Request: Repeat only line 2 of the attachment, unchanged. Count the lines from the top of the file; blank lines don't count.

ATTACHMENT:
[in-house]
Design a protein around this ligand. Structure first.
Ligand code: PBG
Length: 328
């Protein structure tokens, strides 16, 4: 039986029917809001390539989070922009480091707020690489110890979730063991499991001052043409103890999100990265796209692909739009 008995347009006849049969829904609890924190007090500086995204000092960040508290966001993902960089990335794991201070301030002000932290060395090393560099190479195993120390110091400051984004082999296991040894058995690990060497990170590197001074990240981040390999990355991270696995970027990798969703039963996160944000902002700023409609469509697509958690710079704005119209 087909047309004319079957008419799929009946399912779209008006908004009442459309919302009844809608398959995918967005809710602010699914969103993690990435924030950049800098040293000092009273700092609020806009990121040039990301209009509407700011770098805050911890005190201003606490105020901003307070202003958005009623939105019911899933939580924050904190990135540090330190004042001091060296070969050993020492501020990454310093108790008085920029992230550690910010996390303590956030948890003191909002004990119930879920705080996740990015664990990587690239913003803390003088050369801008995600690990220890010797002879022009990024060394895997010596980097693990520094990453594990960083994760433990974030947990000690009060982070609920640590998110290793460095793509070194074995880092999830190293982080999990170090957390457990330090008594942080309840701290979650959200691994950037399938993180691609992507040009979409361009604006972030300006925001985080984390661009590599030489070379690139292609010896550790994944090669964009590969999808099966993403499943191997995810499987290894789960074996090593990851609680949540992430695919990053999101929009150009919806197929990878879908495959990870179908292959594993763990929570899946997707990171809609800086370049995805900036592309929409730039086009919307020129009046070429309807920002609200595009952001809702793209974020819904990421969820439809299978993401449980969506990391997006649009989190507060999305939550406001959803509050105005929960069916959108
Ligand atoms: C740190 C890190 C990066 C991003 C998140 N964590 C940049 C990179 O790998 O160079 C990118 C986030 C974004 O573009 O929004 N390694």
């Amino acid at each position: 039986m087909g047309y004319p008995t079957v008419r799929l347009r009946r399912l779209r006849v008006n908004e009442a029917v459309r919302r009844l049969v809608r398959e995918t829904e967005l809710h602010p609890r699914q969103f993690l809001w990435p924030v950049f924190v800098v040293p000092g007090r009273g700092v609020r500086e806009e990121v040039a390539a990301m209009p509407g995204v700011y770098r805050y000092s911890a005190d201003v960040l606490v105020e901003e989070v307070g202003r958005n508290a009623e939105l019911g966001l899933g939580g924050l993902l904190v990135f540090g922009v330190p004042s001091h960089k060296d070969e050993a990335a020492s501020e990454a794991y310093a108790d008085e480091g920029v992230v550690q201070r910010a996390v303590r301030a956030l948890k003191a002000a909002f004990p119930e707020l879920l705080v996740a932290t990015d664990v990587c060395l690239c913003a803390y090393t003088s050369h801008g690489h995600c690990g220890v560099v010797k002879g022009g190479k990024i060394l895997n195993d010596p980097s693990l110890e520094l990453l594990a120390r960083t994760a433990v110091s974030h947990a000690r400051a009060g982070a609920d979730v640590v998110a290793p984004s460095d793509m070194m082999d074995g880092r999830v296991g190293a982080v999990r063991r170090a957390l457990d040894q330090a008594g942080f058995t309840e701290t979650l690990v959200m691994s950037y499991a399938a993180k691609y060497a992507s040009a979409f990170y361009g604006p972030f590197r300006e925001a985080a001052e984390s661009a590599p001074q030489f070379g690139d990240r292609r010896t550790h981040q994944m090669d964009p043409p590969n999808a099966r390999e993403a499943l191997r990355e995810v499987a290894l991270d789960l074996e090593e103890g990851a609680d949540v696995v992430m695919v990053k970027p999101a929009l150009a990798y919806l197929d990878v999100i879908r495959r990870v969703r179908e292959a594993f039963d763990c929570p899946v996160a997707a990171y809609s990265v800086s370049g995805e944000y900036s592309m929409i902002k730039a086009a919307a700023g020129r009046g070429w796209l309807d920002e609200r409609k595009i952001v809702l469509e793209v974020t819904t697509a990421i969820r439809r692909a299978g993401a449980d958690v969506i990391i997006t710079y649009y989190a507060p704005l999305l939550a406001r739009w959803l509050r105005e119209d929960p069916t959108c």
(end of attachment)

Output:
Design a protein around this ligand. Structure first.